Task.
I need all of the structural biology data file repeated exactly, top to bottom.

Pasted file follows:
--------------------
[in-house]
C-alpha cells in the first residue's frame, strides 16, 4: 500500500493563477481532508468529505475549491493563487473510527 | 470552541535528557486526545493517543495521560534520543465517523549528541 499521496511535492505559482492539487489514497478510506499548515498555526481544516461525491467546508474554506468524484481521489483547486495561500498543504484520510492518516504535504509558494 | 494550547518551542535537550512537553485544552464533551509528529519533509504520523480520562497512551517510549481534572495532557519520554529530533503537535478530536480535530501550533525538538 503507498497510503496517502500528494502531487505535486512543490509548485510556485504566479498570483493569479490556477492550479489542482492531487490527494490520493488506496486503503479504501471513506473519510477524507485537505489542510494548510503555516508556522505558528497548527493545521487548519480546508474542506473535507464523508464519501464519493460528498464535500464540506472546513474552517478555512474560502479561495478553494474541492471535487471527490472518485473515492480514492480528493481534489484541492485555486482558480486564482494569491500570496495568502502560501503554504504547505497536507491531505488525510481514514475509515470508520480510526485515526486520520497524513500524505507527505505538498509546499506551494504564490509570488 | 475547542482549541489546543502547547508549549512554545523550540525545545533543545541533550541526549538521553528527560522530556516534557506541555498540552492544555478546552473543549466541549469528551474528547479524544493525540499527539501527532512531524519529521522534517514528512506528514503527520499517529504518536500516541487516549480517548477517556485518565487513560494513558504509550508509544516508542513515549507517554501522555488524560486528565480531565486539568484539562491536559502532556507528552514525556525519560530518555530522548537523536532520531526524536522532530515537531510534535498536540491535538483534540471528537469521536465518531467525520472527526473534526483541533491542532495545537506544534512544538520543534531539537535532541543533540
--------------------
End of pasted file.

[in-house]
C-alpha cells in the first residue's frame, strides 16, 4: 500500500493563477481532508468529505475549491493563487473510527 | 470552541535528557486526545493517543495521560534520543465517523549528541 499521496511535492505559482492539487489514497478510506499548515498555526481544516461525491467546508474554506468524484481521489483547486495561500498543504484520510492518516504535504509558494 | 494550547518551542535537550512537553485544552464533551509528529519533509504520523480520562497512551517510549481534572495532557519520554529530533503537535478530536480535530501550533525538538 503507498497510503496517502500528494502531487505535486512543490509548485510556485504566479498570483493569479490556477492550479489542482492531487490527494490520493488506496486503503479504501471513506473519510477524507485537505489542510494548510503555516508556522505558528497548527493545521487548519480546508474542506473535507464523508464519501464519493460528498464535500464540506472546513474552517478555512474560502479561495478553494474541492471535487471527490472518485473515492480514492480528493481534489484541492485555486482558480486564482494569491500570496495568502502560501503554504504547505497536507491531505488525510481514514475509515470508520480510526485515526486520520497524513500524505507527505505538498509546499506551494504564490509570488 | 475547542482549541489546543502547547508549549512554545523550540525545545533543545541533550541526549538521553528527560522530556516534557506541555498540552492544555478546552473543549466541549469528551474528547479524544493525540499527539501527532512531524519529521522534517514528512506528514503527520499517529504518536500516541487516549480517548477517556485518565487513560494513558504509550508509544516508542513515549507517554501522555488524560486528565480531565486539568484539562491536559502532556507528552514525556525519560530518555530522548537523536532520531526524536522532530515537531510534535498536540491535538483534540471528537469521536465518531467525520472527526473534526483541533491542532495545537506544534512544538520543534531539537535532541543533540